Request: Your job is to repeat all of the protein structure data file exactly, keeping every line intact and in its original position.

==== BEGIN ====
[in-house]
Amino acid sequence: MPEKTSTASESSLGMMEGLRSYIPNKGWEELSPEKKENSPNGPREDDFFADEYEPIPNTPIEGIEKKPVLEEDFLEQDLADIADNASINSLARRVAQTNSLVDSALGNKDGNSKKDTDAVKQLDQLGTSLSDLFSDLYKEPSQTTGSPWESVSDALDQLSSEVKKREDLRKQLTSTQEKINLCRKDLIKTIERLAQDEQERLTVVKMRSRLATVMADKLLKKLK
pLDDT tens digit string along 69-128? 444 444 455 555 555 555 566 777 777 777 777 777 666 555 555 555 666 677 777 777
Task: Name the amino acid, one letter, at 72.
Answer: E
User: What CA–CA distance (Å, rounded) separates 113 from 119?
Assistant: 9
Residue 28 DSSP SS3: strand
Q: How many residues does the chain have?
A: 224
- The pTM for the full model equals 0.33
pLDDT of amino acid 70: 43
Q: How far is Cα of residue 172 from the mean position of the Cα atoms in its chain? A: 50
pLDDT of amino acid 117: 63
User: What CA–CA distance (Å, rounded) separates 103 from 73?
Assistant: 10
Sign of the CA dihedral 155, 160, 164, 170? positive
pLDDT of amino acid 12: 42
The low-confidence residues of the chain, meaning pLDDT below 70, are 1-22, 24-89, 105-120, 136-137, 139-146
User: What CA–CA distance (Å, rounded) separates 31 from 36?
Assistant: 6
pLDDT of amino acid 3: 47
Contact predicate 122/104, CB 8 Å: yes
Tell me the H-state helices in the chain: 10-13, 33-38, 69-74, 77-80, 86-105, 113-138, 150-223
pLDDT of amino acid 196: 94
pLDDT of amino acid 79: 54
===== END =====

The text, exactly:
[in-house]
Amino acid sequence: MPEKTSTASESSLGMMEGLRSYIPNKGWEELSPEKKENSPNGPREDDFFADEYEPIPNTPIEGIEKKPVLEEDFLEQDLADIADNASINSLARRVAQTNSLVDSALGNKDGNSKKDTDAVKQLDQLGTSLSDLFSDLYKEPSQTTGSPWESVSDALDQLSSEVKKREDLRKQLTSTQEKINLCRKDLIKTIERLAQDEQERLTVVKMRSRLATVMADKLLKKLK
pLDDT tens digit string along 69-128? 444 444 455 555 555 555 566 777 777 777 777 777 666 555 555 555 666 677 777 777
Task: Name the amino acid, one letter, at 72.
Answer: E
User: What CA–CA distance (Å, rounded) separates 113 from 119?
Assistant: 9
Residue 28 DSSP SS3: strand
Q: How many residues does the chain have?
A: 224
- The pTM for the full model equals 0.33
pLDDT of amino acid 70: 43
Q: How far is Cα of residue 172 from the mean position of the Cα atoms in its chain? A: 50
pLDDT of amino acid 117: 63
User: What CA–CA distance (Å, rounded) separates 103 from 73?
Assistant: 10
Sign of the CA dihedral 155, 160, 164, 170? positive
pLDDT of amino acid 12: 42
The low-confidence residues of the chain, meaning pLDDT below 70, are 1-22, 24-89, 105-120, 136-137, 139-146
User: What CA–CA distance (Å, rounded) separates 31 from 36?
Assistant: 6
pLDDT of amino acid 3: 47
Contact predicate 122/104, CB 8 Å: yes
Tell me the H-state helices in the chain: 10-13, 33-38, 69-74, 77-80, 86-105, 113-138, 150-223
pLDDT of amino acid 196: 94
pLDDT of amino acid 79: 54